By 2015, Smith officially announced he had left the band. Around the same time, Weekes' position was once again downgraded to touring member. With Urie at the helm, Panic! At the Disco finished out the year by releasing the singles "Hallelujah," "Victorious," and "The Emperor's New Clothes." All of the songs were included on the band's fifth studio album, 2016's Death of a Bachelor, which featured co-production from Urie and longtime engineer Jake Sinclair. The album debuted at number one in the U.S., and was nominated for a Grammy for Best Rock Album. A tour followed, resulting in a concert album in 2018. Also that year, Urie returned with the full-length Pray for the Wicked. Once again produced by Sinclair, it featured the singles "Say Amen (Saturday Night)," "High Hopes," and "King of the Clouds." ~ Corey Apar

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1
Panic! At the Disco - She Had the World

She Had the World

  Pretty. Odd. (Deluxe Version)

2
Panic! At the Disco - Behind the Sea

Behind the Sea

  Pretty. Odd. (Deluxe Version)

3
Panic! At the Disco - The Piano Knows Something I Don't Know

The Piano Knows Something I Don't Know

  Pretty. Odd. (Deluxe Version)

4
Panic! At the Disco - Pas de Cheval

Pas de Cheval

  Pretty. Odd. (Deluxe Version)

5
Panic! At the Disco - When the Day Met the Night

When the Day Met the Night

  Pretty. Odd. (Deluxe Version)

6
Panic! At the Disco - I Have Friends In Holy Spaces

I Have Friends In Holy Spaces

  Pretty. Odd. (Deluxe Version)

7
Panic! At the Disco - Do You Know What I'm Seeing?

Do You Know What I'm Seeing?

  Pretty. Odd. (Deluxe Version)

8
Panic! At the Disco - She's a Handsome Woman

She's a Handsome Woman

  Pretty. Odd. (Deluxe Version)

9
Panic! At the Disco - We're So Starving

We're So Starving

  Pretty. Odd. (Deluxe Version)

10
Panic! At the Disco - The Only Difference Between Martyrdom and Suicide Is Press Coverage (Tommie Sunshine Brooklyn Fire Remix)

The Only Difference Between Martyrdom and Suicide Is Press Coverage (Tommie Sunshine Brooklyn Fire Remix)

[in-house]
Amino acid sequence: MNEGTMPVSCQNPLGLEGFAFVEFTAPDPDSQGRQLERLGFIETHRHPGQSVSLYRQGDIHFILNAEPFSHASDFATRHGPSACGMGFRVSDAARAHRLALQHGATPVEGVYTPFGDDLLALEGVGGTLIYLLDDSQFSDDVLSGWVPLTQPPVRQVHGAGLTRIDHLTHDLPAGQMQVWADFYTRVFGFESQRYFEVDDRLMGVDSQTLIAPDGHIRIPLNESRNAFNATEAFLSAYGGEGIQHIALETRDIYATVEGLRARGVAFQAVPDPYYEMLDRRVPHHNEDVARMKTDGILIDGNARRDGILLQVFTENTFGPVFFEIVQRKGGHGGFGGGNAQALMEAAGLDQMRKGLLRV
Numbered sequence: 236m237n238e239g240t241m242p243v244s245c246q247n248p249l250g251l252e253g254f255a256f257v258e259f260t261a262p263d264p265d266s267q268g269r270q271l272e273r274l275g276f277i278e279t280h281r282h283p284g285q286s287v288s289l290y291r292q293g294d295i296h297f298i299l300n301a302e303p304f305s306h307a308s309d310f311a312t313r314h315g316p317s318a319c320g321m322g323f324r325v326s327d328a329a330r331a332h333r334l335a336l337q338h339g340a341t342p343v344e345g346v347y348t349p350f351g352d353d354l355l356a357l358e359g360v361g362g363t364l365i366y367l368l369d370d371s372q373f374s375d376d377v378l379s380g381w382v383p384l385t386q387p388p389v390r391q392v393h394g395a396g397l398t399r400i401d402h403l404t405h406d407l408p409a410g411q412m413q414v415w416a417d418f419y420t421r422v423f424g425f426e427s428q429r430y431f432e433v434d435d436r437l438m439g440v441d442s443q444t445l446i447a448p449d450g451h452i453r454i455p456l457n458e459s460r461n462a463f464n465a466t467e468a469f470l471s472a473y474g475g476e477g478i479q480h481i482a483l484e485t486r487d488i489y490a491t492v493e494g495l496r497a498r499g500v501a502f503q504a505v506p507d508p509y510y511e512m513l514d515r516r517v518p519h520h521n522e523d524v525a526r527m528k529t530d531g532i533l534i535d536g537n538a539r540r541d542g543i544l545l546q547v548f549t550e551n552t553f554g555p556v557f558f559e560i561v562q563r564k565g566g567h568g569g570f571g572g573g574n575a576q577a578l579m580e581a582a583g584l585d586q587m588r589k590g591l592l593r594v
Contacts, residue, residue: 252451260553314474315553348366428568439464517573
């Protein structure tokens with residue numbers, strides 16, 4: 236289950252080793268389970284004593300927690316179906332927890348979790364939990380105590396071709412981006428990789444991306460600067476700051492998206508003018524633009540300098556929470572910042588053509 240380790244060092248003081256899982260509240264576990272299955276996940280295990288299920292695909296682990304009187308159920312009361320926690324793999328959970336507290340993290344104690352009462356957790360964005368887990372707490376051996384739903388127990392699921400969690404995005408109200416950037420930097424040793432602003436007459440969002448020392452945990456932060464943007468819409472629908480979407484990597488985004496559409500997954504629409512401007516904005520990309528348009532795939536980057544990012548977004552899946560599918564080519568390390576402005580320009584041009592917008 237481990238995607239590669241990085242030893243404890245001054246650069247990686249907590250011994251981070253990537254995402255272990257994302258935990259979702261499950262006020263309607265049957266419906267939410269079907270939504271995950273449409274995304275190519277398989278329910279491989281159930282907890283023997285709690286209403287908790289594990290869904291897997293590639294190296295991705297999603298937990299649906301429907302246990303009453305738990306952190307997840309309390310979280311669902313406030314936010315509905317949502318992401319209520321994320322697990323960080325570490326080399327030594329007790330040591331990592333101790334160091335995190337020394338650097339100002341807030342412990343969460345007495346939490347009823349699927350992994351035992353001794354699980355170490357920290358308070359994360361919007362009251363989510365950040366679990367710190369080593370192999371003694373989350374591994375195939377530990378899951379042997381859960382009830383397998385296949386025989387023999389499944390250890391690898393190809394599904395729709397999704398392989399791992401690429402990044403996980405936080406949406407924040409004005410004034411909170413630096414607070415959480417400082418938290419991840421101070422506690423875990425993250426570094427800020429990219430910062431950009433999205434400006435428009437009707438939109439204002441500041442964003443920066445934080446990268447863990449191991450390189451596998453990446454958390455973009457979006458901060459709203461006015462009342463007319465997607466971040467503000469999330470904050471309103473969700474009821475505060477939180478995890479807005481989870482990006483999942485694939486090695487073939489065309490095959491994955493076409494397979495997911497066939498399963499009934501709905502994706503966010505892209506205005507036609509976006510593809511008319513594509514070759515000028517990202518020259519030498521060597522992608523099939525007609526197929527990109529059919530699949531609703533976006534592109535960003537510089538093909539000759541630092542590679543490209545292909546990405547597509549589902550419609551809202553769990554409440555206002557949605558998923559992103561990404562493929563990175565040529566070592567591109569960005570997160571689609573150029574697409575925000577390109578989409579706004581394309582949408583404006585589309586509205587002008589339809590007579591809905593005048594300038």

Snakes On a Plane - The Album (Soundtrack from the Motion Picture)

11
Panic! At the Disco - I Write Sins Not Tragedies

I Write Sins Not Tragedies

  Only Hits

12
Panic! At the Disco - This Is Halloween

This Is Halloween

  The Nightmare Before Christmas (Special Edition)

13
Panic! At the Disco - But It's Better If You Do

But It's Better If You Do

  Live Session (iTunes Exclusive) - Single

14
Panic! At the Disco - Lying Is the Most Fun a Girl Can Have Without Taking Her Clothes Off

Lying Is the Most Fun a Girl Can Have Without Taking Her Clothes Off

  Live Session (iTunes Exclusive) - Single

15
Panic! At the Disco - I Write Sins Not Tragedies

I Write Sins Not Tragedies

  Live Session (iTunes Exclusive) - Single

16
Panic! At the Disco - The Only Difference Between Martyrdom and Suicide Is Press Coverage

The Only Difference Between Martyrdom and Suicide Is Press Coverage

  Fueled By Ramen & Decaydance Winter '05/'06 iTunes Sampler

17
Panic! At the Disco - I Constantly Thank God for Esteban

I Constantly Thank God for Esteban

  A Fever You Can't Sweat Out

18
Panic! At the Disco - Intermission

Intermission

  A Fever You Can't Sweat Out

19
Panic! At the Disco - Nails for Breakfast, Tacks for Snacks

Nails for Breakfast, Tacks for Snacks

  A Fever You Can't Sweat Out

20
Panic! At the Disco - Introduction

Introduction

  A Fever You Can't Sweat Out

21
Panic! At the Disco - Nails for Breakfast, Tacks for Snacks (Demo) (Unreleased)

Nails for Breakfast, Tacks for Snacks (Demo) (Unreleased)

  Fueled By Ramen & Decaydance Winter '05/'06 iTunes Sampler

22
Panic! At the Disco - Behind the Sea (Alternate Version)

Behind the Sea (Alternate Version)

  Pretty. Odd. (Deluxe Version)

23
Panic! At the Disco - Behind the Sea [Alternate Version]

Behind the Sea [Alternate Version]

  Live In Chicago

24
Panic! At the Disco - The Only Difference Between Martyrdom And Suicide Is Press Coverage

The Only Difference Between Martyrdom And Suicide Is Press Coverage

  Take Action Compilation, Vol. 5

25
Panic! At the Disco - High Hopes

High Hopes

  Pop Hits